Friday, July 2, 2010

Practice Day 1

The first few days of the Practice time allocated before competition saw many members of the US Team frantically trying to get their rented gliders in to a fit state to fly competitively. Francois Pin found his PW5 had been delivered with recently and badly sanded wings, so was handed a bottle of polish and was told that before it could fly his long suffering crew should apply this all over to protect the surface. Dottie could be seen for the next few days with polishing cloth in hand accomplishing this onerous task with grim determination. Bill Snead's Polish Club PW5 was in much better shape, but he spend at least one day trying to make the trailer lights work. Peter Deane in his German LS8 flew on the prior two days and was inspired by the beautiful countryside, but was wary of the limited land-out possibilities because of the extensive wheat fields and forests.

The airfield itself is at the North end of a delightful Valley in Prievidza, and consists of a rectangular grass field with only just enough length to safely launch the grid as long as the World Class were the first to go. Some of the heavily laden Standard Class gliders needed what seemed to be the full length of the field to start climbing. Peter Deane remarked that he much preferred the Tow Planes with retractable gear because when the pilots pulled up the gear straight after take off, at least they then started to climb. All this can be forgiven for the Airfield environment, with the Medieval style Castle overlooking the airfield from the West Side ridge. Because Prievidza is found in the western third of Slovakia, we are nestled in a beautiful valley with low mountains all around it, called the Tatras.

So, Today was the first Official Practice Day, allowing both the Teams and the Airfield Management to fine tune the procedures for launching the three classes in a timely manner. The first impression of the Organization is that it is very good and well thought out, giving us high hopes that it will be a tightly run Competition. We also had our first official Pilot's meeting this morning, and it was so crowded that there were barely any seats left, even in the back of the hangar. The USA Team captain and assistant spent most of their day in the comfy team office monitoring the radio reports and making emergency runs to Tesco, the local Wal-Mart. Fortunately, they were able to find some much needed office supplies, and bring some improvements (like a trash can) to our office.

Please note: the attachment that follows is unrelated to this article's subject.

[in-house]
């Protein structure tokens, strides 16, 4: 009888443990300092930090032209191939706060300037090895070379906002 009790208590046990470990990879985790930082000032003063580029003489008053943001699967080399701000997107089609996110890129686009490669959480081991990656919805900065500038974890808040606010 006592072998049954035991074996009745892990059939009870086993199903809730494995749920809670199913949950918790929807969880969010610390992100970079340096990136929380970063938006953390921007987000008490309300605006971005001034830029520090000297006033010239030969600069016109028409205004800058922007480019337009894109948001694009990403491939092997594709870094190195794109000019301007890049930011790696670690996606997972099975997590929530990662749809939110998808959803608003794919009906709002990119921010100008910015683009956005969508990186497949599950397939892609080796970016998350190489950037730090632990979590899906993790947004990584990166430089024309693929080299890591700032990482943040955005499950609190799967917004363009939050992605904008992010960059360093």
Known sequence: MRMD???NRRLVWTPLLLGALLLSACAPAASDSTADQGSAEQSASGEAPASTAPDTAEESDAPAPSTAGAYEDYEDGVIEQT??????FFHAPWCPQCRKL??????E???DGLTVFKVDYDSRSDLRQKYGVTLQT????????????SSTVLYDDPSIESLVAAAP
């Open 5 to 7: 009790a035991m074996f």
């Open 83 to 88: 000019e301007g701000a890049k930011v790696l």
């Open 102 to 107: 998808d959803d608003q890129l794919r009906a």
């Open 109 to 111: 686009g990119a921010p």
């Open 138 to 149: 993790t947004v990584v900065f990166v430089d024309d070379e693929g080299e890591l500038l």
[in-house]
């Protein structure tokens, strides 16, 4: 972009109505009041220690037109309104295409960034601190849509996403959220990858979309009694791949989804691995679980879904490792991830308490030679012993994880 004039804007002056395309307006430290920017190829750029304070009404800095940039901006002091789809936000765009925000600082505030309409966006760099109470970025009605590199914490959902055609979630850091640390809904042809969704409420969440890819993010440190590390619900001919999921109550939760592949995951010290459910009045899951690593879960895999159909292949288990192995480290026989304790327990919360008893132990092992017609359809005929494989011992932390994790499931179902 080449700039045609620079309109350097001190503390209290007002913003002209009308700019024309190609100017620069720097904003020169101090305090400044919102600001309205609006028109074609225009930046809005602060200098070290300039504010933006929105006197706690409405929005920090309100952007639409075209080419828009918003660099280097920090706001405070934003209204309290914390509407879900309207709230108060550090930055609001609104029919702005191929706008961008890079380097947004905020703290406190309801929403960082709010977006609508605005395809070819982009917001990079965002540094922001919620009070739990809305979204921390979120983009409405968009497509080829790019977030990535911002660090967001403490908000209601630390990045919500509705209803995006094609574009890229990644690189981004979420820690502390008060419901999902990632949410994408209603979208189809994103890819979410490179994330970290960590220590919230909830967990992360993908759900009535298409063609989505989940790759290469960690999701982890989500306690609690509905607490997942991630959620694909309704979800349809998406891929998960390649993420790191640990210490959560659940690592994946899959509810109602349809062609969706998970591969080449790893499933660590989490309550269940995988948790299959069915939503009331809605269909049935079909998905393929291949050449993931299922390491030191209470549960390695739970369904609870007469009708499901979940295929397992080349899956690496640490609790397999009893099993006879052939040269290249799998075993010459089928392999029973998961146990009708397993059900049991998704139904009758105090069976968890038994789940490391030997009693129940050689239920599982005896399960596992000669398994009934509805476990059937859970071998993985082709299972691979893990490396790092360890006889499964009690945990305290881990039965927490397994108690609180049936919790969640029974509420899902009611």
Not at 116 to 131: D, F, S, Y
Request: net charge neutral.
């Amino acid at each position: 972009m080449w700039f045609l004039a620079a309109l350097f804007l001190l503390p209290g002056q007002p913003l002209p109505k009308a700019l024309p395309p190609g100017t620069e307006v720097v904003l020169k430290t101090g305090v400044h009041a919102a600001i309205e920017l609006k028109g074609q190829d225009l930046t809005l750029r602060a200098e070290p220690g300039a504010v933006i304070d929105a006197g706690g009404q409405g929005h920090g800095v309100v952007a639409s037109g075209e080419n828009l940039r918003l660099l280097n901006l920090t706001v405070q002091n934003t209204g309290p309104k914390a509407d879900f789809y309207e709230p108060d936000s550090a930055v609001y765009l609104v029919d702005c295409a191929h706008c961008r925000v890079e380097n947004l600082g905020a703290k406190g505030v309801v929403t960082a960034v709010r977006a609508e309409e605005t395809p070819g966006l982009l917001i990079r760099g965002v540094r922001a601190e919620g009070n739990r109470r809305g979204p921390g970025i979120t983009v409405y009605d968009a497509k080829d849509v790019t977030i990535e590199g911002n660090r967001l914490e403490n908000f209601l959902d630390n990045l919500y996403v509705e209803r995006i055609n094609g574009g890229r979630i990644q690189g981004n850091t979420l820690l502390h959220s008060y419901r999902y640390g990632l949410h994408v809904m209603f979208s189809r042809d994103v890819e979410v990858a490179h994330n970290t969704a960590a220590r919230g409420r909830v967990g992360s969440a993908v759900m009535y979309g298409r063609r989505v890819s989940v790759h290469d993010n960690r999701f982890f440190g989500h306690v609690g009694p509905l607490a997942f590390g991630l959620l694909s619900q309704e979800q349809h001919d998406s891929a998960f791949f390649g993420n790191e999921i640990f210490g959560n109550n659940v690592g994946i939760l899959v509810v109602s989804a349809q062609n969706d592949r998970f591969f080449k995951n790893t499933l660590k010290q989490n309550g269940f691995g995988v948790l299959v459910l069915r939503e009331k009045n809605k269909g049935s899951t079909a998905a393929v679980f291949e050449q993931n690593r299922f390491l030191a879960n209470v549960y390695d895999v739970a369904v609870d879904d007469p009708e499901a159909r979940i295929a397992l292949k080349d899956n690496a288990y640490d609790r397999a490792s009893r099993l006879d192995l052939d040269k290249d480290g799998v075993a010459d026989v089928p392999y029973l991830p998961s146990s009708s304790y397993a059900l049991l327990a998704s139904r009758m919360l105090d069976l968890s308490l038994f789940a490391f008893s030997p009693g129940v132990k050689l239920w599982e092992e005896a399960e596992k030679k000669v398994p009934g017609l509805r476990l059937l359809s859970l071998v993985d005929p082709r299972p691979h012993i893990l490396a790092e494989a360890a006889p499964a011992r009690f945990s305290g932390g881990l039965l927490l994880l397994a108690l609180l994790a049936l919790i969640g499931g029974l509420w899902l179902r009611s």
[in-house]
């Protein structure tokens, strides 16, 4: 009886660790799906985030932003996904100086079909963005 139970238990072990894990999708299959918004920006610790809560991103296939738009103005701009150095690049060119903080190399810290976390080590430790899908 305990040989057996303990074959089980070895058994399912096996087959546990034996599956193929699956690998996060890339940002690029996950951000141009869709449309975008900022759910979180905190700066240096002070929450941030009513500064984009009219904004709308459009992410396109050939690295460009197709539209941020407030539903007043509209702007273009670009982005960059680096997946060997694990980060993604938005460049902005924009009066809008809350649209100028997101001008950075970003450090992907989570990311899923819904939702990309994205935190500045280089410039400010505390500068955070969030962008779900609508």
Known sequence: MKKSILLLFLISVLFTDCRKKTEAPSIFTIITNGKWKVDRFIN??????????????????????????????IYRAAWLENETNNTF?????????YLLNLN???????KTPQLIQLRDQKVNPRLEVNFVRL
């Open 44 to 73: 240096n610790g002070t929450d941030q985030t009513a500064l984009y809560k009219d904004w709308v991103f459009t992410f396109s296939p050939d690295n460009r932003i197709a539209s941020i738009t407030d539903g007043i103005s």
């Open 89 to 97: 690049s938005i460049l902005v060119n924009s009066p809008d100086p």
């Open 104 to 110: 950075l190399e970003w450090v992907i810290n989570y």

The weather in the region is presently dominated by a slack pressure gradient over most of Eastern Europe, with a moist North to North Westerly flow across western Slovakia. A weak trough over the border between Germany and the Czech Republic could brush the Northern end of the task area tomorrow. Thermals appear to start early, with the first Cumulus appearing around 9:30 in the morning. By noon, there was the start of clear development, and the indication of many convergence zones over the mountain ridges. East and North of the Airfield towards the lower Tatra Mountains, the early cumulus soon developed into towering cumulus by mid afternoon and Thunderstorms late in the day. They did not seem to affect many people, and a substantial shower bearing down on the airfield as the Competitors finished dissipated well before it caused any problems. It appeared to be difficult sometimes to find a decent climb off tow, leading to some very full gaggles before conditions improved. There didn't seem to be much in the way delaying tactics, and most Competitors left soon after the start lines opened.

Each class were sent to Assigned Area tasks to the North East, the World Class had three turn points for a distance of around 217 km, The Standard and Club Class shared similar 4 turn points for around 278 and 275 Km respectively. The task times of 2:45 for the Standard and Club, and 2:30 for the World Class were pessimistic, and finish time were substantially lower than that. All the US pilots who flew got back with fast times, and there were 3 or 4 reported land outs from the other Competitors.

Tomorrow's forecast shows similar conditions, but the Thunderstorms have built earlier and more impressively each day, so there is some apprehension that they could have a significant impact on Tomorrow's tasks.

-Martin Grant, Blair Mockler, and Dick Mockler